Imagine spilling wine on your brand new carpet. Or even eating spaghetti and somehow getting dots of marinara sauce on your shirt. It’s always a hassle to find a cleaning product to remove those stains.
What if the material took care of itself?
In photo editors such as Photoshop, there is a tool called the Healing Brush often used to remove blemishes in photos. It takes information from neighboring pixels and applies it to the selection. In a similar sense, parts of the material would change it’s color based on the color of neighboring parts.
This then brings forth more questions to explore, not just for removing stains. What if the material had a pattern that it would conform to (ie. pattern cloning)? How much of the material can be “stained” until the color starts blending in rather than disappearing, or even becomes the new prime color? Could this be used as a form of artistic expression?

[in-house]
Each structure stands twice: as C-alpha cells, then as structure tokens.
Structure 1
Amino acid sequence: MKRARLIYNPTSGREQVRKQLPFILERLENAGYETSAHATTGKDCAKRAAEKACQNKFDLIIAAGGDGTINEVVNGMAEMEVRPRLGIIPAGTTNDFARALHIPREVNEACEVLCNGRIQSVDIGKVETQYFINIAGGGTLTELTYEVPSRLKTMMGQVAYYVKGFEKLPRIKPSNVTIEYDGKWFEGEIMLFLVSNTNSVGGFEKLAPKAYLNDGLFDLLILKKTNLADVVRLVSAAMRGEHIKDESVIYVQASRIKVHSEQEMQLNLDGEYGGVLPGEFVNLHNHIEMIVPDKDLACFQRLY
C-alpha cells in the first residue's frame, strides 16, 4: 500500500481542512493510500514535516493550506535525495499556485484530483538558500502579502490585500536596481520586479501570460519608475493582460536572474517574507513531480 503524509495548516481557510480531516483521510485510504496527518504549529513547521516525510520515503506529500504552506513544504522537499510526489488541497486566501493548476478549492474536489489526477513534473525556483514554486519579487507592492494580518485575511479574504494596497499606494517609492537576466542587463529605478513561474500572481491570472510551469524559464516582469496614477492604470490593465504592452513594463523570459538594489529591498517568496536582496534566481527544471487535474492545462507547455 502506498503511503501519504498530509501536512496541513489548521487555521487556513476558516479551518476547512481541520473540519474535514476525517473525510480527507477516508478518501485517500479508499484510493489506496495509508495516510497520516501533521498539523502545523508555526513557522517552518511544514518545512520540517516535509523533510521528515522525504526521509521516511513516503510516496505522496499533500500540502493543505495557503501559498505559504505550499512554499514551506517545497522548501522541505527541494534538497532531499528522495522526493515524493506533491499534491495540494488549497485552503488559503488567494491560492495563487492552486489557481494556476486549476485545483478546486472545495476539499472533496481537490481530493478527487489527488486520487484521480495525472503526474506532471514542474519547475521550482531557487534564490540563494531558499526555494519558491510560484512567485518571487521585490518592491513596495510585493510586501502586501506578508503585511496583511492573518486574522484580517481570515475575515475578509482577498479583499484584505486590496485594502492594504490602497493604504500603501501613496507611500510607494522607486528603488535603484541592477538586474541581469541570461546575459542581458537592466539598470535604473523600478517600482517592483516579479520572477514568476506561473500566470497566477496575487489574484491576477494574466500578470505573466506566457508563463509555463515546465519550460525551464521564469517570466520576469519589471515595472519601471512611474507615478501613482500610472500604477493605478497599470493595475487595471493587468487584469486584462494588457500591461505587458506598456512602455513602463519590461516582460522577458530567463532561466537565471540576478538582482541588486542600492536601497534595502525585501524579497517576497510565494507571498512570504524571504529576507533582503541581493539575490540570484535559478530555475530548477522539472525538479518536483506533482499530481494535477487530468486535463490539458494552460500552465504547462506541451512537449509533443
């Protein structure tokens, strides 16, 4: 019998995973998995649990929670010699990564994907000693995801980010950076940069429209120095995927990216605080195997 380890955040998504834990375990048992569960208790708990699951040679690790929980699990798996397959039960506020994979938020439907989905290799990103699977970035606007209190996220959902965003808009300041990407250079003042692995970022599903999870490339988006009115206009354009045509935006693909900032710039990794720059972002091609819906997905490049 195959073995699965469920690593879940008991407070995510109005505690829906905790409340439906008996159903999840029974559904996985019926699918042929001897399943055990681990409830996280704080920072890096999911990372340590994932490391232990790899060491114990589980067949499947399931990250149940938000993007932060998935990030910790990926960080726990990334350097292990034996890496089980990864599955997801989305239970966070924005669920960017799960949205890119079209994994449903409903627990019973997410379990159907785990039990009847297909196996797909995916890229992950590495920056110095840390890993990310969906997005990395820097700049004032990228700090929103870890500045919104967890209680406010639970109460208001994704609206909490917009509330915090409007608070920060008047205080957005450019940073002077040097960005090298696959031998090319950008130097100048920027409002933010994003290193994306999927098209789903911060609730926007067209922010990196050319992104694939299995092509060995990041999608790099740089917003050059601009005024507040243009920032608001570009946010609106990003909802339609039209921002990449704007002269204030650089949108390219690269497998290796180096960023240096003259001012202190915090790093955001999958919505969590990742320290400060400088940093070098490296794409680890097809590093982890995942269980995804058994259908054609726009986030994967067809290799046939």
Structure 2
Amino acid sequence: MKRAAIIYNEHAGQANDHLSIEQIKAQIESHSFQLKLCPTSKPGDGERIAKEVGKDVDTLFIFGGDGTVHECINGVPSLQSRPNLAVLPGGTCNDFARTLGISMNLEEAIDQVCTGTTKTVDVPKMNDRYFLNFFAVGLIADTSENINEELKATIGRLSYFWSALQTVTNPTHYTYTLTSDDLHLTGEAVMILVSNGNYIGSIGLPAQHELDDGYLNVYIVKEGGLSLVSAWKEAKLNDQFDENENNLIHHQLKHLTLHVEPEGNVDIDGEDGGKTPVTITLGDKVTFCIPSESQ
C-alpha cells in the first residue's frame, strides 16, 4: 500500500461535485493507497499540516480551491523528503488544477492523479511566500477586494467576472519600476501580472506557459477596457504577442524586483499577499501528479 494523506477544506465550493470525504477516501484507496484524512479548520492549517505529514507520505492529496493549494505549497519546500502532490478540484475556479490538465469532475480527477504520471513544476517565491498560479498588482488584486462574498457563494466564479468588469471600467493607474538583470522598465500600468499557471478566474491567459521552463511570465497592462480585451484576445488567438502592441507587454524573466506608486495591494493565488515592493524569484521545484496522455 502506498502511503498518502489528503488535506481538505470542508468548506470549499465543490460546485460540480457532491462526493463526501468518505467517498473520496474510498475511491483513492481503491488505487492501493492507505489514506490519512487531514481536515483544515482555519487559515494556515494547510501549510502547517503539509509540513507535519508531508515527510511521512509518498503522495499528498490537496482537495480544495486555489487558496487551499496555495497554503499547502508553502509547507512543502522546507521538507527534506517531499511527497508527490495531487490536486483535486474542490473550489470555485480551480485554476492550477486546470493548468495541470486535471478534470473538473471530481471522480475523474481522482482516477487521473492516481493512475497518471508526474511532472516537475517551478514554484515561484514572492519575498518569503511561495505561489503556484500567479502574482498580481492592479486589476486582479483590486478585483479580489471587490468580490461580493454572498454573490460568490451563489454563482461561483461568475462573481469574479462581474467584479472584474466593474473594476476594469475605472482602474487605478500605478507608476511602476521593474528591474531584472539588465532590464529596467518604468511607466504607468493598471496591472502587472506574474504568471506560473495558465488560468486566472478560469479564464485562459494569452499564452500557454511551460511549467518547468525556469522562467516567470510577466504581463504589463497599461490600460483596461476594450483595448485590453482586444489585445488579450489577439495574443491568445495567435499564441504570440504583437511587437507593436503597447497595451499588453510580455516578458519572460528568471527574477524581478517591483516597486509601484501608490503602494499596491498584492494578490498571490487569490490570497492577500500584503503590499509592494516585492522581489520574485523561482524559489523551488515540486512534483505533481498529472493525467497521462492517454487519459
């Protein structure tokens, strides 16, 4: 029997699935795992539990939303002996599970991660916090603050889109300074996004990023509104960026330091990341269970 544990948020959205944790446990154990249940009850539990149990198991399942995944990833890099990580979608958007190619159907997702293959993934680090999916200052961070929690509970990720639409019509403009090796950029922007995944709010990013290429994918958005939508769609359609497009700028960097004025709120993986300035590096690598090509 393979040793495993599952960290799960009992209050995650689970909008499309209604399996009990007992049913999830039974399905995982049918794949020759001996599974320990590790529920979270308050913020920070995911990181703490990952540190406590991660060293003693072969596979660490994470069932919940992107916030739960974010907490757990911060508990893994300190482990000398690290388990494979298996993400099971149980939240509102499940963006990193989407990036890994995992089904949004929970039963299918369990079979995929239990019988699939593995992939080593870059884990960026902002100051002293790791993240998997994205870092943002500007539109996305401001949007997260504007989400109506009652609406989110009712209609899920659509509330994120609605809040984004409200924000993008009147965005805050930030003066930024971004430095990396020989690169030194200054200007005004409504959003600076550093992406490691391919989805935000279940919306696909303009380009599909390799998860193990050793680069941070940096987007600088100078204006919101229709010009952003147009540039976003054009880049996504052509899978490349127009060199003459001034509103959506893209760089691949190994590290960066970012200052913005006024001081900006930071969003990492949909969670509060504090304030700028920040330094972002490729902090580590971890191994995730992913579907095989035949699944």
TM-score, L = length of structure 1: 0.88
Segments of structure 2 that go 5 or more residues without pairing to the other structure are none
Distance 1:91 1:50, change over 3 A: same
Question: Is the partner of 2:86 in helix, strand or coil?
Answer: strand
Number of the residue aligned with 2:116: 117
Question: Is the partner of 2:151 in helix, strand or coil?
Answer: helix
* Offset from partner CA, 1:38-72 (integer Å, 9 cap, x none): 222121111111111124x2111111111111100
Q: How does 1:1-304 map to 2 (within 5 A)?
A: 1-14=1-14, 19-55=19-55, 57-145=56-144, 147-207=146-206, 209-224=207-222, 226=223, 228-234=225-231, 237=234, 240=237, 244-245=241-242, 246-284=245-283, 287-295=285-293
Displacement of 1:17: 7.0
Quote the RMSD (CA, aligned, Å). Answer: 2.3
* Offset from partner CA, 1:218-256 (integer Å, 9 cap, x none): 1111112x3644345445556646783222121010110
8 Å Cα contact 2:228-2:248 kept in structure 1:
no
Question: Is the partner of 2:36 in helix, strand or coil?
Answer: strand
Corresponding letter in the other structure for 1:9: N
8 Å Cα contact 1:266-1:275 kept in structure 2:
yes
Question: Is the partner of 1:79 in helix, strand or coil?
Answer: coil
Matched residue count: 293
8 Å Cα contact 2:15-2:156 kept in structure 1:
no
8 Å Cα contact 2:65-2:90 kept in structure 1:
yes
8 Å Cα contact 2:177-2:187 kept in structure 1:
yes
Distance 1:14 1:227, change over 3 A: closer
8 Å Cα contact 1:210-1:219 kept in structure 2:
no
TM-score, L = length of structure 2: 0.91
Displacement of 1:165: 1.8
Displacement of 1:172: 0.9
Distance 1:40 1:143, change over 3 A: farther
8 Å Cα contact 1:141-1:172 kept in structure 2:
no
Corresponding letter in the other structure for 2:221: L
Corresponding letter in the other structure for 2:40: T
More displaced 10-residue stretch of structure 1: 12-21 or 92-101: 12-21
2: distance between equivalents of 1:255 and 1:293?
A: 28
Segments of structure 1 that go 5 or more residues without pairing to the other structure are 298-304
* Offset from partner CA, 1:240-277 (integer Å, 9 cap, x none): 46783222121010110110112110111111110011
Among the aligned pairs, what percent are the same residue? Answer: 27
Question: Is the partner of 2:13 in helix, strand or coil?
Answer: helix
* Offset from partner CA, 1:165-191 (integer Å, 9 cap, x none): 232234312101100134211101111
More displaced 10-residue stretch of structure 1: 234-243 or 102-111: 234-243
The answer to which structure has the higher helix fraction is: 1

Udayan’s comment: There’s a lot of work on done on color-changing materials. Take a look at this work and this. If you can broaden up the applications and think about more concrete scenarios, this could be a really cool project. Also try to bring the human in the loop: meaning that the fabric doing something in response to a human input rather than doing something autonomously.